“I told him, ‘I want to be with you,'” Sean said, miserably. “I said, ‘I love you, I’ve always loved you, and I will always love you! And I hate it that it’ll never be!’ He looked at me, surprised, and bolted inside. That’s what had him so shaken! That’s why he was driving like that. That’s why he’s dead,” Sean said, his lungs heaving with a near panic attack, which he’d not suffered since college.

Andy sat shocked. He had had no idea Sean was gay. “I … don’t know what to say,” Andy said at last. “Sean, you didn’t kill my brother, and you didn’t cause his accident.”

“You can’t believe that,” Sean replied.

“Sean, there are a couple of problems with your theory.” Sean looked up at him expectantly, and Andy said. “Most important is this one. My brother was madly in love with you.”

“What?” Sean asked, the tears in his eyes spilling over.

“Sean, my little brother came to me when he was 12 and asked me about boys. To my knowledge I am the only person he talked to about it. YOU WERE HIS DREAM!” The look on Sean’s face made Andy worry.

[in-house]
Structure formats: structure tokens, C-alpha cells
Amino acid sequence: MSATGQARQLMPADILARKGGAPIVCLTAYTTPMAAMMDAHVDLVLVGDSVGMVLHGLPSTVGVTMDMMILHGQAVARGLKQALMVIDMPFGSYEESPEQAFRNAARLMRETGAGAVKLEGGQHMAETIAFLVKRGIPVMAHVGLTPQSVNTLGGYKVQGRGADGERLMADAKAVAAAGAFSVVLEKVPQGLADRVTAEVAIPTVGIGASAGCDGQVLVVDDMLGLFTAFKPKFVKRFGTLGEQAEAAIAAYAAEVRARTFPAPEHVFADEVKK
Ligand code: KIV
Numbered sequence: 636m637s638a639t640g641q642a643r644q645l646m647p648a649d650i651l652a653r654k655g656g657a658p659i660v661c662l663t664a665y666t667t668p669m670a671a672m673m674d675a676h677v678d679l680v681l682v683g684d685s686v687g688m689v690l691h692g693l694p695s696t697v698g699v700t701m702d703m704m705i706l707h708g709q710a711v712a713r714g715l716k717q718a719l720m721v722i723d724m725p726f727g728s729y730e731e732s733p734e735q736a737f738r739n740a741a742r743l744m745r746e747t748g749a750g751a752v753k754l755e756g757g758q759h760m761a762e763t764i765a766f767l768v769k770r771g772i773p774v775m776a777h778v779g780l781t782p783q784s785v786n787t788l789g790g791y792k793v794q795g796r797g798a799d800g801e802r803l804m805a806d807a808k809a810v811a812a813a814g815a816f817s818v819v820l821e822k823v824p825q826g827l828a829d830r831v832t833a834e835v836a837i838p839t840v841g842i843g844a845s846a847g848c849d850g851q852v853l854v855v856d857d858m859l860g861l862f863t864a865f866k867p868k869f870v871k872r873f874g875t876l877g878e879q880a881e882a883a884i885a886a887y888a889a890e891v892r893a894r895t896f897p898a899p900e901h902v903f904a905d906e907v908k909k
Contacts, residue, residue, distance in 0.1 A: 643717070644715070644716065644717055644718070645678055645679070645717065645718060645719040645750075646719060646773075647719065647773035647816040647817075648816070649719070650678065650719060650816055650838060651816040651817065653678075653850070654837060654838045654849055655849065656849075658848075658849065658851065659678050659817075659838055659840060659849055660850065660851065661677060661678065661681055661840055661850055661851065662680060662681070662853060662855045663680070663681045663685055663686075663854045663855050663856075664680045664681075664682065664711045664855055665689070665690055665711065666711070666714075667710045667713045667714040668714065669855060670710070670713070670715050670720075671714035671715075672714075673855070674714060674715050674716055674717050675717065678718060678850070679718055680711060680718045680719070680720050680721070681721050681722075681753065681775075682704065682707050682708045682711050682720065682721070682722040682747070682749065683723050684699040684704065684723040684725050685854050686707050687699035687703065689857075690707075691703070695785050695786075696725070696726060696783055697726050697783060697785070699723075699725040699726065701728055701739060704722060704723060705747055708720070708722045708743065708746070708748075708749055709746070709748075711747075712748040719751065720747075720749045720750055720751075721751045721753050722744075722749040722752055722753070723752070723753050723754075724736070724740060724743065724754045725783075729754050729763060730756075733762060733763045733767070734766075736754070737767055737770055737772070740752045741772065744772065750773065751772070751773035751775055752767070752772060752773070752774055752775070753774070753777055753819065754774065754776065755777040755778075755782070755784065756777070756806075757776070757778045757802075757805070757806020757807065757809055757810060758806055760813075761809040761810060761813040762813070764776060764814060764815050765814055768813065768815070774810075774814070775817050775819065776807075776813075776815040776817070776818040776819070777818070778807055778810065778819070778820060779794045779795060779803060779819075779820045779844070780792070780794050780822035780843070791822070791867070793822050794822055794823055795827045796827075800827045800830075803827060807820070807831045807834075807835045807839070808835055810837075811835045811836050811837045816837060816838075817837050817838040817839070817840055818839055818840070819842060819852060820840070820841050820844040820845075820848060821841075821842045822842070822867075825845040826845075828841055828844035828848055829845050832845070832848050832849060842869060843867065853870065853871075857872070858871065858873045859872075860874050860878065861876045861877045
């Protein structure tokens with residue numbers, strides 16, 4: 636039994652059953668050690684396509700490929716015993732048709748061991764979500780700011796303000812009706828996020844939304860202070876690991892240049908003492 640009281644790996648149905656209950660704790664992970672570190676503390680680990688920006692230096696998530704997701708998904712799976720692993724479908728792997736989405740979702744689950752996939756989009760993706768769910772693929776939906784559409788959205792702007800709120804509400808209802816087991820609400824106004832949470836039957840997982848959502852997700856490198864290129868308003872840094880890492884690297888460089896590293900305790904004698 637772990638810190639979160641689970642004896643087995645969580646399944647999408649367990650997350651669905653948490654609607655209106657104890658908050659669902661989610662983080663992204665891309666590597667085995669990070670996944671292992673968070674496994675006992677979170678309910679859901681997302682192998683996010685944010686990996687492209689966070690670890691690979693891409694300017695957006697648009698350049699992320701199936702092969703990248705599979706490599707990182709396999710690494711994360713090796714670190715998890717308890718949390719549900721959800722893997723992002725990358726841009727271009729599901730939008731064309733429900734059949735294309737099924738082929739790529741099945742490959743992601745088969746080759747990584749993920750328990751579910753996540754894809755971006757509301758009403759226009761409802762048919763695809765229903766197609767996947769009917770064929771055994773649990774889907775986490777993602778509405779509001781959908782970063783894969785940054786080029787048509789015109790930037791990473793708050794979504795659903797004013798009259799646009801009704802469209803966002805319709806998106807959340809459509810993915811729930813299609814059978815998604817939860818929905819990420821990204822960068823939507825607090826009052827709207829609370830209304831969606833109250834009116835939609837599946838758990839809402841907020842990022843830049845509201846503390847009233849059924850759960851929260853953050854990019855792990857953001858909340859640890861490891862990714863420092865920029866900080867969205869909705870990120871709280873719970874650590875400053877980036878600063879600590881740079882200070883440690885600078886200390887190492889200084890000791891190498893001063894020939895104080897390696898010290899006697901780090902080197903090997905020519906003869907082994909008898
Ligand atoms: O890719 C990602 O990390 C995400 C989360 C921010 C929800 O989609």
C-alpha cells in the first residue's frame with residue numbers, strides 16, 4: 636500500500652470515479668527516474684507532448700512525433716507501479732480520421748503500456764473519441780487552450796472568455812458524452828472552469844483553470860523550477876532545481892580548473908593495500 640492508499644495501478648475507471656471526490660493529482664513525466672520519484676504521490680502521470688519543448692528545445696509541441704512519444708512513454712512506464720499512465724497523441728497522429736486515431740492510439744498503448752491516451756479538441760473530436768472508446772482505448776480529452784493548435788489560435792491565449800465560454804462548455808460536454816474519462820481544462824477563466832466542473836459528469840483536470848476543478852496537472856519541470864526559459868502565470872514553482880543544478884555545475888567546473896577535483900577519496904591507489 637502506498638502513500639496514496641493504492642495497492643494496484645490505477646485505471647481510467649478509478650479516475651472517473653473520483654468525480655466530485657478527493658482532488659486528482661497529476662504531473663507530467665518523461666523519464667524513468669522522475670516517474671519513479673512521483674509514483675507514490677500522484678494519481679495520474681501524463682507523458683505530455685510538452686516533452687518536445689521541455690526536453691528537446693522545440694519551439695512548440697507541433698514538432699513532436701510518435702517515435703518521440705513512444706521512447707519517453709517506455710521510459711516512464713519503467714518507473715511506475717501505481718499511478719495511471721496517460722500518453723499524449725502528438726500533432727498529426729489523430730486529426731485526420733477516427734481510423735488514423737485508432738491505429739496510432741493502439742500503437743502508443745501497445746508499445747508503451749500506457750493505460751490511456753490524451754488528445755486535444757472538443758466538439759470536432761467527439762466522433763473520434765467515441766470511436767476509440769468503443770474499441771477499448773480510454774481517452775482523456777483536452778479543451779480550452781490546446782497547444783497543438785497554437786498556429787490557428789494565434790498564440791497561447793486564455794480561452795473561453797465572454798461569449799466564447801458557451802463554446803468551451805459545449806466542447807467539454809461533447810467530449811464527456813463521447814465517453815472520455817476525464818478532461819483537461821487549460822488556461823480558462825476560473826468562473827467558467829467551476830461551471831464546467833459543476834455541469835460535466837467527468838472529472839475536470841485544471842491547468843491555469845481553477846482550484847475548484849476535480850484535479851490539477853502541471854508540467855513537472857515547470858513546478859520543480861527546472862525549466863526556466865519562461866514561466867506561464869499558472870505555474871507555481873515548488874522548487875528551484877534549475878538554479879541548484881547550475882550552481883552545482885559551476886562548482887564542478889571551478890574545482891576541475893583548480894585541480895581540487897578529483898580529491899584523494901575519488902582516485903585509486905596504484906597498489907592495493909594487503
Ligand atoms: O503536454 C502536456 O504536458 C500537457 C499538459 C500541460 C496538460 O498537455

“We could have…? Oh God,” the man said, on the verge.

“He never would have left you on that porch, never have been flustered. He should have grabbed you and kissed you, not run off like that,” Andy said.

“Unless,” Sean began. “I’m so stupid. He wasn’t running away, he was chasing someone.”

“What?” Andy said.

“Scott,” Sean said. “He was there at the door. He must have heard me, and your brother was going to try to talk to him.” After a moment, he whispered, “It wasn’t my fault?”

“It wasn’t your fault,” Andy repeated.

“Oh, Andy,” the man said. “I can’t tell you … I went through so much therapy in college. I told myself if I wasn’t gay, he never would have died. I’ve never had a good relationship, any relationship really. Oh my fucking God! And all because of a mistake!”